If you live in or around one of those cities and would like to donate your bike, visit the website and search for your nearest drop-off point. Then fill out a form to register your bike and arrange a time to drop it off.

You shouldn't donate bikes that need extensive repairs or major part replacements. It's also worth noting that The Bike Project doesn't accept e-bikes, scooters, tricycles, mobility bikes, recumbent bikes or cargo bikes.

Feed the hungry for free

The Hunger Site is a 'click 'n' give' website where sponsors donate when you click – over one million cups of food were donated in November alone.

Click through and amid a pile of banners you'll see an orange button on the site's homepage. There's an emblazoned message: "Click to give – it's free!" Click on this link and its sponsors will donate some money to charity.

The logic behind this site is brilliant. It's a win-win-win situation for the hungry, the internet user and the sponsors. For companies it's a cost-effective, feel-good public relations exercise, especially powerful when helping to promote ethical brands.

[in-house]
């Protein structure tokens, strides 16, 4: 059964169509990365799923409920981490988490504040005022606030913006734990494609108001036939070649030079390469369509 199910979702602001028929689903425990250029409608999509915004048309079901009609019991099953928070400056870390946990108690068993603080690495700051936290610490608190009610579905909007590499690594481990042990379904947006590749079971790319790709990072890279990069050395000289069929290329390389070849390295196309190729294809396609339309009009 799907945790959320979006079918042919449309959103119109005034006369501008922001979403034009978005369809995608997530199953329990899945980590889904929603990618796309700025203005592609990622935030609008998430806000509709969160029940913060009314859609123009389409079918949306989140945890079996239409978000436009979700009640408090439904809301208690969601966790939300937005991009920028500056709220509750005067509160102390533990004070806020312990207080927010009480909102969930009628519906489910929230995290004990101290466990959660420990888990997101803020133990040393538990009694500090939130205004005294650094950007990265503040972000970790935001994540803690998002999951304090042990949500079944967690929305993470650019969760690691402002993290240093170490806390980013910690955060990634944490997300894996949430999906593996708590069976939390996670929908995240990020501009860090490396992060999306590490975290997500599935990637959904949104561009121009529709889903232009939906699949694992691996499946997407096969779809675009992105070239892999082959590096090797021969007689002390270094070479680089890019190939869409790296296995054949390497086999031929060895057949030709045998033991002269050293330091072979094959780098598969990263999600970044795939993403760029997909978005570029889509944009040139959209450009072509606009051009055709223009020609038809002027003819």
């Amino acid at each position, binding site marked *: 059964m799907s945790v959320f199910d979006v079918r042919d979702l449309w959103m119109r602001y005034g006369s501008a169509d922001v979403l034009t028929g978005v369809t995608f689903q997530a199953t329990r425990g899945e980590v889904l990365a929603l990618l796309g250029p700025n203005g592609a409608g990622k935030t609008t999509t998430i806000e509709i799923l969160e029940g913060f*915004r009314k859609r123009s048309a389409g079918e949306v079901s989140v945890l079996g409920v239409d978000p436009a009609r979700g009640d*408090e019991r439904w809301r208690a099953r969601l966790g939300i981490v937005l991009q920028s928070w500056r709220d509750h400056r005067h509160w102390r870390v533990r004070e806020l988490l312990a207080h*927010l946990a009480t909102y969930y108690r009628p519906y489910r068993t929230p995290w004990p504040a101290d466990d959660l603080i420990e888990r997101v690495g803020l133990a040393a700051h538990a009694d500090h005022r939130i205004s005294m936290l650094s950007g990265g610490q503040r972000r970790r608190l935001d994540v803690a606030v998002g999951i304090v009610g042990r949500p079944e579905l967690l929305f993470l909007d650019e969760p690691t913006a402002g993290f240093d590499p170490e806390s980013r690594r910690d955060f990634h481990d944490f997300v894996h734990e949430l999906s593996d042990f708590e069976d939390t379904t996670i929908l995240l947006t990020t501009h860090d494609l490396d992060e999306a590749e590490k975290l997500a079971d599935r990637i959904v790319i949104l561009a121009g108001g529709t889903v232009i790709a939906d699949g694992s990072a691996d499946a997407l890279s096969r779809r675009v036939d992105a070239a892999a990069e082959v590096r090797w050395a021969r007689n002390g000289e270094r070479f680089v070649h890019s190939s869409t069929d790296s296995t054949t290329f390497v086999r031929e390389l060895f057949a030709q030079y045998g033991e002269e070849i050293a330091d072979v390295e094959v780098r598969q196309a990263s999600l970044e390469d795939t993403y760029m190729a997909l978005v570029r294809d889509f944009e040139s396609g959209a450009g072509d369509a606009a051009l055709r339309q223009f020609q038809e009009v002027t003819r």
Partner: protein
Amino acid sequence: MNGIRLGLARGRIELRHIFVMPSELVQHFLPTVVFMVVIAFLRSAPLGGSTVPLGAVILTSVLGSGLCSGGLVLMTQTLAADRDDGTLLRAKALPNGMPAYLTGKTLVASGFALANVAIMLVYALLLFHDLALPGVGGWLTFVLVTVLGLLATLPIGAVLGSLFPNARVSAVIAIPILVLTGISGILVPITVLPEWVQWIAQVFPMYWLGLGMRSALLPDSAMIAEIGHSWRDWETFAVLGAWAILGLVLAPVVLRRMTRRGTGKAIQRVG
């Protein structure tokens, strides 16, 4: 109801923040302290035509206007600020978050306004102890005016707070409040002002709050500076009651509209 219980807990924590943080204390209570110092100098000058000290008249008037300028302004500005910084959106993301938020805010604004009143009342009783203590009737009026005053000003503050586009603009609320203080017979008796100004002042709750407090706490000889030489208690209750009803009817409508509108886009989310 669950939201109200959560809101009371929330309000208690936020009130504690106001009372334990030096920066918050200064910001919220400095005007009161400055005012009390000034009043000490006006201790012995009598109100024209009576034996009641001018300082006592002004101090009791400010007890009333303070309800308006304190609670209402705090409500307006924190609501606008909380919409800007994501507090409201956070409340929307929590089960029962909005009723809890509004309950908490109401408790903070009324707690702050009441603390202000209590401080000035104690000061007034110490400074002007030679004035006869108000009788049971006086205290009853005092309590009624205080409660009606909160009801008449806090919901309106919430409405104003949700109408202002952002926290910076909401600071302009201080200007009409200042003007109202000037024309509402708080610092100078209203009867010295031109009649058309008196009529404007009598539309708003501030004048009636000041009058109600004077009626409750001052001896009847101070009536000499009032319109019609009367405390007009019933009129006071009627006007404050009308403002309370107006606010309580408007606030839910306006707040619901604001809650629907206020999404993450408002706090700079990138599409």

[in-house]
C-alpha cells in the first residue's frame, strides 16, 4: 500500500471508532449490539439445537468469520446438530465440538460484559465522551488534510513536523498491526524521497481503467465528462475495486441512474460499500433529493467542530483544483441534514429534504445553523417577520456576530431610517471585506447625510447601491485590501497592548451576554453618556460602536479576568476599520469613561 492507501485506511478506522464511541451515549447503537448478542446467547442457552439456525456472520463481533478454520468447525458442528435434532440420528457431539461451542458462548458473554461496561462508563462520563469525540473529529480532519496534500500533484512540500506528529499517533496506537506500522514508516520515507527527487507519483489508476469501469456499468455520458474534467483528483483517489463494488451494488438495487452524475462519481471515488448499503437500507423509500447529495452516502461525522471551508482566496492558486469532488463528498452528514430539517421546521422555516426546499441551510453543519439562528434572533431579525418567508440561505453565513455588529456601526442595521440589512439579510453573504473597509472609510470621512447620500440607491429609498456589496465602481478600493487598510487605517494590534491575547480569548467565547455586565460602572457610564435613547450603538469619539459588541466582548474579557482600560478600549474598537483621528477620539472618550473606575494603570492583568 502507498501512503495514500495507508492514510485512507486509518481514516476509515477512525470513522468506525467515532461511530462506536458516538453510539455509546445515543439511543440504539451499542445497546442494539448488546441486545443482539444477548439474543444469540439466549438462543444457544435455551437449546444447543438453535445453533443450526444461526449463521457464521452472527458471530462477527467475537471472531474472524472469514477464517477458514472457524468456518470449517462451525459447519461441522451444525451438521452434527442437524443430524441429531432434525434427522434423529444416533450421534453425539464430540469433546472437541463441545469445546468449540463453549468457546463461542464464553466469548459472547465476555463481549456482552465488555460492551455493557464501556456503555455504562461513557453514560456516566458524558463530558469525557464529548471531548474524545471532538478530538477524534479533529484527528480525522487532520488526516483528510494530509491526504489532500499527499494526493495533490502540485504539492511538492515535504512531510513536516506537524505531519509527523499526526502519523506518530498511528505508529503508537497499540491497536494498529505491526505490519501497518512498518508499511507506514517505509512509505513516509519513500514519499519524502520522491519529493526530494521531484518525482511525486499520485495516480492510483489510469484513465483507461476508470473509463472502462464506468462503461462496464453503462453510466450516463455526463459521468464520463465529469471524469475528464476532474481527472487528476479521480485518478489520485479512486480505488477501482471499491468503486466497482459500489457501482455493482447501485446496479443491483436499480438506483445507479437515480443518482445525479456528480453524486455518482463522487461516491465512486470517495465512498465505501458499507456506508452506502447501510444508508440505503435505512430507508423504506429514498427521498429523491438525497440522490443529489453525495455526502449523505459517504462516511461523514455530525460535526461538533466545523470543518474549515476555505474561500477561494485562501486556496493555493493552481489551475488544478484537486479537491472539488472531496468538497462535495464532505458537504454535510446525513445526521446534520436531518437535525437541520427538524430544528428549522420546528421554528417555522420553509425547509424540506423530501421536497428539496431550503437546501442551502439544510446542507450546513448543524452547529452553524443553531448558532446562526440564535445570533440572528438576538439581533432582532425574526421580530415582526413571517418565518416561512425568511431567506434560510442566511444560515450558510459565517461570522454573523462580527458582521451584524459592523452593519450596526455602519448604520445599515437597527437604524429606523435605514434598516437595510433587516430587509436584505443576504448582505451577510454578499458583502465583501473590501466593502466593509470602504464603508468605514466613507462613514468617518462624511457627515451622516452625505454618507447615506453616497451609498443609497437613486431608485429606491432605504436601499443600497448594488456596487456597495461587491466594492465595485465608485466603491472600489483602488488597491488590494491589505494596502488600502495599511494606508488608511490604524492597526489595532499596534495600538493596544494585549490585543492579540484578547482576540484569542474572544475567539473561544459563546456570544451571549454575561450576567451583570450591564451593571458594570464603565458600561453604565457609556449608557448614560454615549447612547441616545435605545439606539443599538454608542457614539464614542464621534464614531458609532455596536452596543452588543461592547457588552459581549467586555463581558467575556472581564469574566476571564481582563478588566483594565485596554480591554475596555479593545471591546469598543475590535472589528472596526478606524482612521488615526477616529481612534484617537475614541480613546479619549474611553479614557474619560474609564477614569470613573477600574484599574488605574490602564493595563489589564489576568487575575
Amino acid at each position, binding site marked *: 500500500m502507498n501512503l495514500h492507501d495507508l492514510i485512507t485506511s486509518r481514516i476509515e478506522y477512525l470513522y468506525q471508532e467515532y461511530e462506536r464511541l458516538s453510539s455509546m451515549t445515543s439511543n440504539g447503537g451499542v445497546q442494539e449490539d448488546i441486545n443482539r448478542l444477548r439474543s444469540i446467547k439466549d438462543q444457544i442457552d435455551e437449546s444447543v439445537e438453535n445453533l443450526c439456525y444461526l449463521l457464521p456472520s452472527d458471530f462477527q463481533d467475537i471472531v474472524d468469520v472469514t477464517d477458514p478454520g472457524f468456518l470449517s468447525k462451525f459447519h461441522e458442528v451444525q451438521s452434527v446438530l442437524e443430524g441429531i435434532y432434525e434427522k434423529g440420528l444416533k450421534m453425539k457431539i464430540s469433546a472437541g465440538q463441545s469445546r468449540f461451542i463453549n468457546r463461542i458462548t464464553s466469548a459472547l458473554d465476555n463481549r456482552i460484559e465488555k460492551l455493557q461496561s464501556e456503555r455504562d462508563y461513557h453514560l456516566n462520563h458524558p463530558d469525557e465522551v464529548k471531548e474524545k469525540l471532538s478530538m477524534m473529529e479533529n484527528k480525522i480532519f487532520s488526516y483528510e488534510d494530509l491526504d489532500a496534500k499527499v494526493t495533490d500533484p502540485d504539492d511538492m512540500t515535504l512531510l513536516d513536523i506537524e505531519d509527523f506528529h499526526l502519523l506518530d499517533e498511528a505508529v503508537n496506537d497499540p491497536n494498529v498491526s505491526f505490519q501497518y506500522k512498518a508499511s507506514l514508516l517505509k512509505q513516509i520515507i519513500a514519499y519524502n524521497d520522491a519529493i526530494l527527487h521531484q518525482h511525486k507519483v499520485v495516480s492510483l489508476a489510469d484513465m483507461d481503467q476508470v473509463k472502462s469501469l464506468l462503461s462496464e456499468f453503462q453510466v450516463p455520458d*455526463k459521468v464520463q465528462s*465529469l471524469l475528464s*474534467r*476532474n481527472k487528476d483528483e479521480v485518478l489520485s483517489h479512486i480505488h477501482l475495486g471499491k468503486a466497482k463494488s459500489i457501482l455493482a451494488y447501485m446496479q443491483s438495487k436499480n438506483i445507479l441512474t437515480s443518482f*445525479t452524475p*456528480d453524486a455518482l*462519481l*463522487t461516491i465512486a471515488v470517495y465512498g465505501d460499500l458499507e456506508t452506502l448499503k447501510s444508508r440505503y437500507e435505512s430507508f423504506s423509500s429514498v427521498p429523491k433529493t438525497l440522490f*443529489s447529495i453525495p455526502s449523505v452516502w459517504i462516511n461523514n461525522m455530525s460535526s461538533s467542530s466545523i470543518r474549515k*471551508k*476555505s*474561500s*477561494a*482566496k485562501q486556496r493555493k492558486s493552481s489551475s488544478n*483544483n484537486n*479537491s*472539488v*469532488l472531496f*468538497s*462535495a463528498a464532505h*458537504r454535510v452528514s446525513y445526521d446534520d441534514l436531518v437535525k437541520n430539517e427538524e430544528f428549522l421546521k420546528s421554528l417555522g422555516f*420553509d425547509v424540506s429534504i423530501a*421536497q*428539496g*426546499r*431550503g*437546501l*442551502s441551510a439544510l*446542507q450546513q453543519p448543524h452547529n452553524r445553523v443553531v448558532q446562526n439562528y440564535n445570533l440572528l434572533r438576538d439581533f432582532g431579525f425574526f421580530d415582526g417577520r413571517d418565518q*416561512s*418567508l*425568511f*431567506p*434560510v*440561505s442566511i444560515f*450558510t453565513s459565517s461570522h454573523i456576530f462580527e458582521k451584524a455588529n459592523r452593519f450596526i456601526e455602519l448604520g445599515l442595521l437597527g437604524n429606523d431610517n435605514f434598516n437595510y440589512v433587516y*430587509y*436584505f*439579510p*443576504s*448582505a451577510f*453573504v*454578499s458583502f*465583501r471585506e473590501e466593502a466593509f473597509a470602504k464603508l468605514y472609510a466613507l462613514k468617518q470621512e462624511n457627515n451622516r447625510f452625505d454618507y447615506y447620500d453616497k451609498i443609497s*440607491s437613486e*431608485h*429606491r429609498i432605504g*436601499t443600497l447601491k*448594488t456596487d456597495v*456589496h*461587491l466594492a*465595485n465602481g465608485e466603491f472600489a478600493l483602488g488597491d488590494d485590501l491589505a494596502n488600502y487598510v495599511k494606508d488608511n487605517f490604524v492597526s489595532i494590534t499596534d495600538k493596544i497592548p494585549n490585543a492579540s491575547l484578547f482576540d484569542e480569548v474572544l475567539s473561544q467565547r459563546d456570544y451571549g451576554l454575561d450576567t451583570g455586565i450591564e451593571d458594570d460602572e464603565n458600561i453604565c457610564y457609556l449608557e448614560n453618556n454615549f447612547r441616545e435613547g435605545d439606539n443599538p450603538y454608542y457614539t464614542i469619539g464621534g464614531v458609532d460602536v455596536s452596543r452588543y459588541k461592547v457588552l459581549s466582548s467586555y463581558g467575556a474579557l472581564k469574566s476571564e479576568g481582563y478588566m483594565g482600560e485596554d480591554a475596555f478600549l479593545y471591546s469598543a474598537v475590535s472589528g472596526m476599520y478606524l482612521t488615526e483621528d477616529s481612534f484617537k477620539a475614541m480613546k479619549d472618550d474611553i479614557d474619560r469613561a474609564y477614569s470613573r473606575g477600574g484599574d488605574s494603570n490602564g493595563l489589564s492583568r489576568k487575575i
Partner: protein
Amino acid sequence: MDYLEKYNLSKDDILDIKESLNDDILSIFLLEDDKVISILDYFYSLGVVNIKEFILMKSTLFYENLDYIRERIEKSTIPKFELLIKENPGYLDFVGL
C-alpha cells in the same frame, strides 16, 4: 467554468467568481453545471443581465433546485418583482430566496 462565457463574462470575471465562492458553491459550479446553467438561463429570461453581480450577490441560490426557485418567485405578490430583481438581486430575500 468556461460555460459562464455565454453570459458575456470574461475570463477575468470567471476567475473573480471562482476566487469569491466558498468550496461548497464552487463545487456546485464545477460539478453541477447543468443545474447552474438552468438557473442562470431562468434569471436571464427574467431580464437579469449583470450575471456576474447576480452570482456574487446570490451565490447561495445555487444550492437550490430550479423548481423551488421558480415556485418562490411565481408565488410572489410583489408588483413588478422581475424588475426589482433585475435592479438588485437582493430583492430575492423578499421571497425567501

Where does the food go?

The Hunger Site is a US site, and while two-thirds of donations go to alleviating hunger in the developing world, one third helps those within the US. Yet clicks from anywhere in the world count.

The food is distributed by non-profit partners such as Mercy Corps and Feeding America. Each year, visitors pay for tens of millions of cups of food to be distributed.

Donate blankets to animal shelters

Sadly lots of unwanted pets will be spending Christmas in rehoming centres. You can support them by donating blankets, treats and toys.

To find a centre near you, search online for 'animal shelters' or 'animal rescue centres' in your area. They'll usually list online what donations they most need, or you can call and ask before you visit.